by Michelle Nisperos |
“Nangigitim siya kapag umiiyak. Kapag nasasaktan hinihimatay.” (He turns blue when he cries, and passes out when in pain)
This is how Cheradee describes her three-week old child when seizure strikes.
Cheradee, a native of Samar met her partner Jerome in a public market where she used to work as a vendor until they decided to live together and they were blessed with a son.
“When I gave birth, Jerome and I noticed that my son, CJ had bluish lips and fingernails which we pay no attention to,” recalls Cheradee. Two weeks after birth, CJ would have more frequent episodes of having bluish skin when crying or feeding (tet spell), prompting the couple to bring him to the doctor.
Worried about their son’s condition, they went to a nearby private clinic. Their doctor told them that CJ is suffering from Pneumonia and a whooshing sound can be heard from the child’s heart. Suspicious about the murmur, the doctor referred them to a hospital that is capable of providing the needed medical and laboratory services.
“Ni-refer kami ng doktor sa ospital para mas matingnan daw ang anak ko dahil may naririnig daw siyang kakaibang ugong sa puso bukod pa sa sakit na Pneumonia”, Cheradee narrates.
CJ was admitted and given antibiotics for his Pneumonia. Various physical exams were also performed on the child’s frail body to verify the cause of the heart murmur. It was a long and stressful week for the couple, until they received the doctor’s advice that a major operation is needed for their son.
Life has not been very easy for the couple. The family only rents a small room for P800 per month in Barangay Palatiw, Pasig City. Cheradee chose to quit her job in the market to take care of CJ while Jerome earns P120 per day as a market vendor to make both ends meet. With this little amount of money, how can they possibly afford to survive a day and take care of a sick child that needs a major operation?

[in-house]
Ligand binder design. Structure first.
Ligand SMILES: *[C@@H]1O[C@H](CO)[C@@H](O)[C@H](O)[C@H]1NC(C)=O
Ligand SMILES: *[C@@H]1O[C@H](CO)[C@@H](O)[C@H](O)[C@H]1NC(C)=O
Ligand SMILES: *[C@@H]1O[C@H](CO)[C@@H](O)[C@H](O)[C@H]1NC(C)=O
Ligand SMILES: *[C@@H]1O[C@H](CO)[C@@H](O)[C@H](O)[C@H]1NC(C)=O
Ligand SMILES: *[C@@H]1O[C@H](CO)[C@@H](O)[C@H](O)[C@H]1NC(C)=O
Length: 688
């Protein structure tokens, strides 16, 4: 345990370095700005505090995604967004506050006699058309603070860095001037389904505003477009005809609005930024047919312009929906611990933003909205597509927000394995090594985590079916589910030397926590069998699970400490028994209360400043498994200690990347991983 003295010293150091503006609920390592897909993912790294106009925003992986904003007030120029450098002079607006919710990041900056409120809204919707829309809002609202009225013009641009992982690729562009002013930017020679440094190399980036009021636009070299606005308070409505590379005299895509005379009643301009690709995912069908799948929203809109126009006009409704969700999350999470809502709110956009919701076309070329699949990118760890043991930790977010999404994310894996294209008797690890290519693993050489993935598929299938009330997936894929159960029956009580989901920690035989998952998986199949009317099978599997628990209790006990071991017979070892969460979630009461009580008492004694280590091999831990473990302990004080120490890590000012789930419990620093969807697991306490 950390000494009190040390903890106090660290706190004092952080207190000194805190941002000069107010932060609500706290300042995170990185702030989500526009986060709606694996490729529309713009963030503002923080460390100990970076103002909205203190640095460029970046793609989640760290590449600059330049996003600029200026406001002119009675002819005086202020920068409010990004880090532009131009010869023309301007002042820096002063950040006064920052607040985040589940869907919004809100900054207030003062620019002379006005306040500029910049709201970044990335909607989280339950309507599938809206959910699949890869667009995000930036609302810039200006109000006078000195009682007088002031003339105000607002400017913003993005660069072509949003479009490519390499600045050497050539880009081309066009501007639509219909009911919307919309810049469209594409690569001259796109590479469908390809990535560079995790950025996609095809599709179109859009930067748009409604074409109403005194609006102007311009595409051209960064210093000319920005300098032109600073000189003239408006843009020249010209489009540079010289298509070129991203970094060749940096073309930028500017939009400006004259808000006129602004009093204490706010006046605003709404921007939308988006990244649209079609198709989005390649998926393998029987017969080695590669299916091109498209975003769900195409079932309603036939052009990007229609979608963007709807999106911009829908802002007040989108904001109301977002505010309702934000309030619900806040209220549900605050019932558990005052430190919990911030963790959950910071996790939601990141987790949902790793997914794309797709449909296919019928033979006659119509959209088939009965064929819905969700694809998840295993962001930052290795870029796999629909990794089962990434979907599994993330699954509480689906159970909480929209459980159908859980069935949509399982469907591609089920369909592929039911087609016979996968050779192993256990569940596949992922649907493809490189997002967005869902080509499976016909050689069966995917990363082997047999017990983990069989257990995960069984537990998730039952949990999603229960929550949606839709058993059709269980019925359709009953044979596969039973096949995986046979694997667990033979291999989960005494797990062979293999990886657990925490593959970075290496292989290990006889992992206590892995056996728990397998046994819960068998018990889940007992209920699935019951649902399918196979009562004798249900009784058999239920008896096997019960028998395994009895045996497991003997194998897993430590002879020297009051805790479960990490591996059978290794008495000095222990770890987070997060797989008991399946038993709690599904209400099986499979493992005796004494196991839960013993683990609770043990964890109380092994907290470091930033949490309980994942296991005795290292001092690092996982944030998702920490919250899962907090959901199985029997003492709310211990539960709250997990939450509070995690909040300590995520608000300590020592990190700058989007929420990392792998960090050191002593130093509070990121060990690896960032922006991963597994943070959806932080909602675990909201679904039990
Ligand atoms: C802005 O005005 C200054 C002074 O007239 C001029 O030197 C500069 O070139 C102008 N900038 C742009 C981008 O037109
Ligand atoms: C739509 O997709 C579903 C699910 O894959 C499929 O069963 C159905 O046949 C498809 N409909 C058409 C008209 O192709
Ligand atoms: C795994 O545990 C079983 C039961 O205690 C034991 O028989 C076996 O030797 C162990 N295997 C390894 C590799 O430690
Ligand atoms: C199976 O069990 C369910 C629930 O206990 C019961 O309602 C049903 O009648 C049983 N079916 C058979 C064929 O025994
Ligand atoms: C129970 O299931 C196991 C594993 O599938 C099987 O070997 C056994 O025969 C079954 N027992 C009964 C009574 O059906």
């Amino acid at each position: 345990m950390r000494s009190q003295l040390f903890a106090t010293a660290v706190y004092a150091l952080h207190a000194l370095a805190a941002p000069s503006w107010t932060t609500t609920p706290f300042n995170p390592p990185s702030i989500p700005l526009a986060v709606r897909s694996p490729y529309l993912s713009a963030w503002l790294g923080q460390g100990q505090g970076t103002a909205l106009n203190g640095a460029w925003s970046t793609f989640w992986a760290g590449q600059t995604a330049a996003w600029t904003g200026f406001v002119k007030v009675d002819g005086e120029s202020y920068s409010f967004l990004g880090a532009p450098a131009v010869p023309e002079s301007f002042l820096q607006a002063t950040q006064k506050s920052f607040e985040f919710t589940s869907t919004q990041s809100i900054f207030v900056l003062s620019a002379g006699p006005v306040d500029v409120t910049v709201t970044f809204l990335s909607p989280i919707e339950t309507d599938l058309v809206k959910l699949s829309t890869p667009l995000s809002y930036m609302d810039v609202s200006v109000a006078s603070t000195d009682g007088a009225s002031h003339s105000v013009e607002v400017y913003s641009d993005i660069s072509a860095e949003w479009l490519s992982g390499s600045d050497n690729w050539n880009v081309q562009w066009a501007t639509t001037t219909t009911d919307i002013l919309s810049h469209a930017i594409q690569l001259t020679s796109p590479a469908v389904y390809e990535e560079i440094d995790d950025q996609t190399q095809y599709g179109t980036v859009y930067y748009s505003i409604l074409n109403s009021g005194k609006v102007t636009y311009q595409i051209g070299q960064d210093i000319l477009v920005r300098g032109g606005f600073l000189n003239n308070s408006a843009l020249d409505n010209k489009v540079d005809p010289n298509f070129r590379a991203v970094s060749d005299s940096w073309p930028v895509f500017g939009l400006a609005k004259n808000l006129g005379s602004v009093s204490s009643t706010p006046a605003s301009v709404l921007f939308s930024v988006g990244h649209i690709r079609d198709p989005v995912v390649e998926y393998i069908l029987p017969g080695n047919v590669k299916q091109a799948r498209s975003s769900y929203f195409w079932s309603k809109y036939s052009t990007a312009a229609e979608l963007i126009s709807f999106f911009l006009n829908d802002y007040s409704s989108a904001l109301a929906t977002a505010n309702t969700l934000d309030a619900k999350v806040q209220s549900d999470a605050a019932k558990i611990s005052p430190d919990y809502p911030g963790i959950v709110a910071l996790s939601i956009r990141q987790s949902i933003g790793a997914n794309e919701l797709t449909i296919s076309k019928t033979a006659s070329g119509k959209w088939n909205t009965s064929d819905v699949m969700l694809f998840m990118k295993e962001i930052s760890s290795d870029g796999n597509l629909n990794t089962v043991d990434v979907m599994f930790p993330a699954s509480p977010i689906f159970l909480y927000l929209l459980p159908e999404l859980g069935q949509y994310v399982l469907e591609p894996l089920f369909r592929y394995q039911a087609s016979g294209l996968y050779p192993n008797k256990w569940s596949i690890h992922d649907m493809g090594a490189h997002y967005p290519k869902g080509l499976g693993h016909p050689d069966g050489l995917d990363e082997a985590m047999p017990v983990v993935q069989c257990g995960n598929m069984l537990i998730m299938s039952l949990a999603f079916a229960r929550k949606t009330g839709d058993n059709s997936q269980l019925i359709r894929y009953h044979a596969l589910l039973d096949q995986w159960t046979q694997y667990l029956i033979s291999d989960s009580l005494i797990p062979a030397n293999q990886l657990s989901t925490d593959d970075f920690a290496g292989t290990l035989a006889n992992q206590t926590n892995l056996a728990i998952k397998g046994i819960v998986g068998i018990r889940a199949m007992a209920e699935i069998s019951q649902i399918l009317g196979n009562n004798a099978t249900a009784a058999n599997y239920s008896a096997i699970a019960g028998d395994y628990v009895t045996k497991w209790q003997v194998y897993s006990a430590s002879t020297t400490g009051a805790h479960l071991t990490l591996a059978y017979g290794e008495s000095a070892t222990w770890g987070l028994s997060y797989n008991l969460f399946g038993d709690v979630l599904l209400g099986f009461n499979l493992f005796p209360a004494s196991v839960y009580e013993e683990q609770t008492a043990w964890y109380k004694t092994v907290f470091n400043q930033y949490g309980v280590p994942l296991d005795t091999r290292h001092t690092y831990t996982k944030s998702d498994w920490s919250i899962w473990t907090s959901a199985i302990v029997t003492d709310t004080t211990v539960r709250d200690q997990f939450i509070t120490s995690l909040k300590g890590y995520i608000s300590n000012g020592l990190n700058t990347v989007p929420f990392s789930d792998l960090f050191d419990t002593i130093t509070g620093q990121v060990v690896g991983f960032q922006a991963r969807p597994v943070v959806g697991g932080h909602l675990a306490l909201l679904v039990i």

Although bothered by the doctor’s advice, the couple still decided to move to Samar after their son was discharged from a two-week stay in the hospital. But another severe episode of a tet spell occurred which prompted them to return to the city and see a doctor again.
It was in November 2013 when the doctor at the Philippine Heart Center broke the news which made their hearts sink. CJ was diagnosed with Tetralogy of Fallot or the Blue Baby Syndrome, a rare condition caused by a combination of four heart defects. Still shocked with the doctor’s findings, they were asked if they are willing to have their son undergo an operation. “Paano po ‘yan, wala kaming pera?,” uttered the teary-eyed Cheradee.
With luck still on their side, the doctor told them not to worry because they will be referred to the hospital’s Social Services and advised them to apply for the Z benefit package of PhilHealth. Unfortunately, Cheradee’s membership under the Indigent program of PhilHealth already expired. Despite being short of money, they were able to produce enough funds to pay for their PhilHealth premium contribution, this time under the PhilHealth’s Informal Economy with Jerome as the principal member.
“Kumuha kami ng mga requirements para makapasok sa Z benefits. Hindi namin inintindi ang hirap basta ang importante makakuha kami ng mga dokumento kahit pila kami ng pila. Kapag day-off ng asawa ko saka siya nag-aasikaso ng mga papel. Madali lang naman kung talagang interesado at pursigido ka,” said Cheradee.